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by Working Designs

03-01.jpg (5663 bytes)There’s just something compelling about the simplicity of the shooter. No real strategy is involved; there are no tactical decisions to be made, and the control basically consists of one joystick and one button. Yet somehow the genre persists. Shooters endure from system to system relatively unchanged whether they’re being played on the newest powerhouse platform or the dusty antique in your closet. The graphics get a little better, the names change (sometimes), and any given title will have a small distinguishing feature to remind you that you haven’t played this game before.

04-01.jpg (5675 bytes)So the question persists; what is it about shooters that makes us want to keep playing them, and what makes one shooter better than another? The answer to both of these questions is the same, but surprisingly difficult to articulate. Playing a good shooter is a nearly Zen experience. As your fingers twitch across the sweaty controller, and your eyes phase into the mesmerizing pulse and flash of the TV screen, reality fades away. The mind knows only action and reaction coupled with the intense drive to blow the hell out of the alien bastards, save the earth, rescue the hostages, throw down some tyranny or another, or perform some other equally heroic task. Hours, days, and sometimes weeks fade away under precisely these conditions.

13-01.jpg (7847 bytes)Even really good shooters aren’t for everybody; we always know what to expect from them, and when they deliver to their audience, everyone is happy. On the other hand, really bad shooters aren’t for anybody. Since the core shooter audience are the ones buying the game, the loyal fan base is the first to get burned by a bad shooter. Fortunately for shooter fans across the world, Silpheed is a good shooter, which should come as no surprise to those familiar with Working Designs.

11-01.jpg (7879 bytes)A three star rating might seem low for a game that, for the most part, delivers when it needs to, but Silpheed will not have an across the board appeal. A select audience will enjoy it immensely; everyone else will find it mildly diverting but will have exhausted their desire to play after a few hours.

09-01.jpg (11235 bytes)True to conventional form, Silpheed is a top down space shooter. The graphics are pretty with good use of texture and color to keep things interesting and to give each stage a unique feel, but as you might expect from a 2D shooter, you won’t be blown away. You play the pilot of the last remaining Silpheed craft. As such, there are no quick continues once your ship explodes. Instead, your Silpheed has ten shield counters. Every time you’re hit you loose one counter. When they’re all gone your game is over. At select spots you meet a refueling tanker that will recharge three of your shield counters and allow you to switch weapons. At the end of each level, all of your shield counters are restored. While there are no quick continues, you can restart at the beginning of the current level.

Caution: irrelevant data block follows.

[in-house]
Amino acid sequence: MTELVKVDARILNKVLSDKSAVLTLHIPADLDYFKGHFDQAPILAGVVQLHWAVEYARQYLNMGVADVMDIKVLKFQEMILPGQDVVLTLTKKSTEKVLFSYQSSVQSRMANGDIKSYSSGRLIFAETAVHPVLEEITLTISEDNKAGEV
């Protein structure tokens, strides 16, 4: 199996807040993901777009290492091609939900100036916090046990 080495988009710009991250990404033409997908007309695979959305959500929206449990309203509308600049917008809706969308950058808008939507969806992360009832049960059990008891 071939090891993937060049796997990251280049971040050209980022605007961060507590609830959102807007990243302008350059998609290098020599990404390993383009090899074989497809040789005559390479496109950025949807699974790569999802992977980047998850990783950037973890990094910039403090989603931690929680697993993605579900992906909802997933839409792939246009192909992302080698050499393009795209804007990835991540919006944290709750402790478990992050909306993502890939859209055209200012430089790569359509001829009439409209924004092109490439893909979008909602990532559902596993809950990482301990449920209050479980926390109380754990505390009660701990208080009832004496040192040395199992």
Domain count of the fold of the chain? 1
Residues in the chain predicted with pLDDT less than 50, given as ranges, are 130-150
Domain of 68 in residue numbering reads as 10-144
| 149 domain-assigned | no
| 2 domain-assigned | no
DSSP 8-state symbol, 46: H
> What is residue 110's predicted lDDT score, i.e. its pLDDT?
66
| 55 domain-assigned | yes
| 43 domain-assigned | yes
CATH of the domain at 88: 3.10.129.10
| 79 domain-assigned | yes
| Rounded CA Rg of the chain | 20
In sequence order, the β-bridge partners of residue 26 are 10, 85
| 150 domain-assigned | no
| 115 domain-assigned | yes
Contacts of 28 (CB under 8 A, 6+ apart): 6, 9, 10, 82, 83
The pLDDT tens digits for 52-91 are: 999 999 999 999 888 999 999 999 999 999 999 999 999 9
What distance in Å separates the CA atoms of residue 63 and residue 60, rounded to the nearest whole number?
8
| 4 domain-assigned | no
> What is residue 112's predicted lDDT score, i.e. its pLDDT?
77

15-01.jpg (9499 bytes)Silpheed’s most compelling feature is the ability to equip a different weapon to each side of the ship. It’s a lot of fun to try out the variety of weapons, and while some levels are more suited to certain weapons it quickly becomes apparent that some weapons are simply better than others. New weapons are unlocked as your score increases which leads us to the first area of potential frustration. If you have to continue from the beginning of a level, your score is reset to zero. Since the first couple of levels are the easiest you can build a high score early on. If you have to continue on the later levels, resetting your score to zero effectively eliminates the possibility of unlocking any new weapons, so you will have to complete the game with the weapons you have already unlocked. This means it is imperative to either never die before unlocking all the weapons, which is incredibly hard, or at the very least unlock all the weapons you want to use. Since the average gamer will not put in the time required to get good enough to unlock all the weapons, many will give up in frustration, and others will simply never see all the options the game has to offer.

08-01.jpg (9540 bytes)The lack of a save feature, although relatively standard for a shooter, exasperates the above problem. In addition, in order to finish the game the earliest levels will have to be played and replayed and replayed some more before the later levels can even be seen. Those wary of excessive repetition will quickly be put off.

06-01.jpg (11936 bytes)Yet in all fairness, those wary of excessive repetition probably aren’t big shooter fans to begin with. Recommending Silpheed to shooter fans is relatively easy. It delivers what it needs to, looks good doing it, and is fun to play, but those not interested in shooters will find nothing in Silpheed to change their mind. 

Jeff Luther   (06/25/2001)

Snapshot

Ups: Nice graphics; customizable weapons; great gameplay; excellent example of shooter genre.

Downs: Shooters aren't for everyone; save features increase difficulty and frustration.

System Reqs:
Sony PlayStation 2

 


1995-2001
GamesFirst! Magazine